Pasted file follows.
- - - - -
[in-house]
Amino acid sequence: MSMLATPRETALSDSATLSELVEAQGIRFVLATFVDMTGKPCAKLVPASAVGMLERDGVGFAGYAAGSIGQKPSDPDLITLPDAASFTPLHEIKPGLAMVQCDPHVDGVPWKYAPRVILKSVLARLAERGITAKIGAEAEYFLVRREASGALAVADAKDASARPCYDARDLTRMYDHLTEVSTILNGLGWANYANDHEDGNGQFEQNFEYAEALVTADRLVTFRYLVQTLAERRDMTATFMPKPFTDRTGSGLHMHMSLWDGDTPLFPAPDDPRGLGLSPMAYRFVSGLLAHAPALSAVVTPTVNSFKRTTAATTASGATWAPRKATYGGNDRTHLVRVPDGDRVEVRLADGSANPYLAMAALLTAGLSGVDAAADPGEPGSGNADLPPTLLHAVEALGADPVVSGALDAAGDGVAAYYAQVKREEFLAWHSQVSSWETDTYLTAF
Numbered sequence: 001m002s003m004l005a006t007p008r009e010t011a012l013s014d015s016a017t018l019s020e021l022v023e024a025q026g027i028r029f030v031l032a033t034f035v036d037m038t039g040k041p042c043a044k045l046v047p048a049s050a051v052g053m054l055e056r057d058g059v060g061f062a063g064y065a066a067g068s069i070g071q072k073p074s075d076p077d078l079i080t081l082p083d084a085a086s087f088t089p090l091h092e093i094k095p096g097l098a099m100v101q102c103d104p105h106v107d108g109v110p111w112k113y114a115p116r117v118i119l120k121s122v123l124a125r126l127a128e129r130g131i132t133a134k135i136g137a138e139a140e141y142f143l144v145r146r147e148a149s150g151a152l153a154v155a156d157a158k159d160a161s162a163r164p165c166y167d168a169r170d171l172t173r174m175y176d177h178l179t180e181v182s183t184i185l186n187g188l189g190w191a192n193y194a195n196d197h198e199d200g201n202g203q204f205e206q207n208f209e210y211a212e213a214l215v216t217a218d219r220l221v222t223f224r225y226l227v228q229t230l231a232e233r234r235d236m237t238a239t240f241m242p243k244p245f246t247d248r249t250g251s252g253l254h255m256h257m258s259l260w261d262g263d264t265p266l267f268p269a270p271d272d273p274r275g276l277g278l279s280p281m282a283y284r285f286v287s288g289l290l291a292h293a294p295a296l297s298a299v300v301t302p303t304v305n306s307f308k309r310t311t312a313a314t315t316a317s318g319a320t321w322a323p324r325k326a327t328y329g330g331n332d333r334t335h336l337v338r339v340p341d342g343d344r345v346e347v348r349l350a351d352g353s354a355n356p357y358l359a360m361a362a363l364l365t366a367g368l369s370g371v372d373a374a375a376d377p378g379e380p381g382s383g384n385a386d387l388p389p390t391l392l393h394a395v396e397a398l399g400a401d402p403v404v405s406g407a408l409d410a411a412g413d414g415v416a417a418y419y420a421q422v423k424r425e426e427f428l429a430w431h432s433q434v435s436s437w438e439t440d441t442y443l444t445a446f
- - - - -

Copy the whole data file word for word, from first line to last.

[in-house]
Amino acid sequence: MSMLATPRETALSDSATLSELVEAQGIRFVLATFVDMTGKPCAKLVPASAVGMLERDGVGFAGYAAGSIGQKPSDPDLITLPDAASFTPLHEIKPGLAMVQCDPHVDGVPWKYAPRVILKSVLARLAERGITAKIGAEAEYFLVRREASGALAVADAKDASARPCYDARDLTRMYDHLTEVSTILNGLGWANYANDHEDGNGQFEQNFEYAEALVTADRLVTFRYLVQTLAERRDMTATFMPKPFTDRTGSGLHMHMSLWDGDTPLFPAPDDPRGLGLSPMAYRFVSGLLAHAPALSAVVTPTVNSFKRTTAATTASGATWAPRKATYGGNDRTHLVRVPDGDRVEVRLADGSANPYLAMAALLTAGLSGVDAAADPGEPGSGNADLPPTLLHAVEALGADPVVSGALDAAGDGVAAYYAQVKREEFLAWHSQVSSWETDTYLTAF
Numbered sequence: 001m002s003m004l005a006t007p008r009e010t011a012l013s014d015s016a017t018l019s020e021l022v023e024a025q026g027i028r029f030v031l032a033t034f035v036d037m038t039g040k041p042c043a044k045l046v047p048a049s050a051v052g053m054l055e056r057d058g059v060g061f062a063g064y065a066a067g068s069i070g071q072k073p074s075d076p077d078l079i080t081l082p083d084a085a086s087f088t089p090l091h092e093i094k095p096g097l098a099m100v101q102c103d104p105h106v107d108g109v110p111w112k113y114a115p116r117v118i119l120k121s122v123l124a125r126l127a128e129r130g131i132t133a134k135i136g137a138e139a140e141y142f143l144v145r146r147e148a149s150g151a152l153a154v155a156d157a158k159d160a161s162a163r164p165c166y167d168a169r170d171l172t173r174m175y176d177h178l179t180e181v182s183t184i185l186n187g188l189g190w191a192n193y194a195n196d197h198e199d200g201n202g203q204f205e206q207n208f209e210y211a212e213a214l215v216t217a218d219r220l221v222t223f224r225y226l227v228q229t230l231a232e233r234r235d236m237t238a239t240f241m242p243k244p245f246t247d248r249t250g251s252g253l254h255m256h257m258s259l260w261d262g263d264t265p266l267f268p269a270p271d272d273p274r275g276l277g278l279s280p281m282a283y284r285f286v287s288g289l290l291a292h293a294p295a296l297s298a299v300v301t302p303t304v305n306s307f308k309r310t311t312a313a314t315t316a317s318g319a320t321w322a323p324r325k326a327t328y329g330g331n332d333r334t335h336l337v338r339v340p341d342g343d344r345v346e347v348r349l350a351d352g353s354a355n356p357y358l359a360m361a362a363l364l365t366a367g368l369s370g371v372d373a374a375a376d377p378g379e380p381g382s383g384n385a386d387l388p389p390t391l392l393h394a395v396e397a398l399g400a401d402p403v404v405s406g407a408l409d410a411a412g413d414g415v416a417a418y419y420a421q422v423k424r425e426e427f428l429a430w431h432s433q434v435s436s437w438e439t440d441t442y443l444t445a446f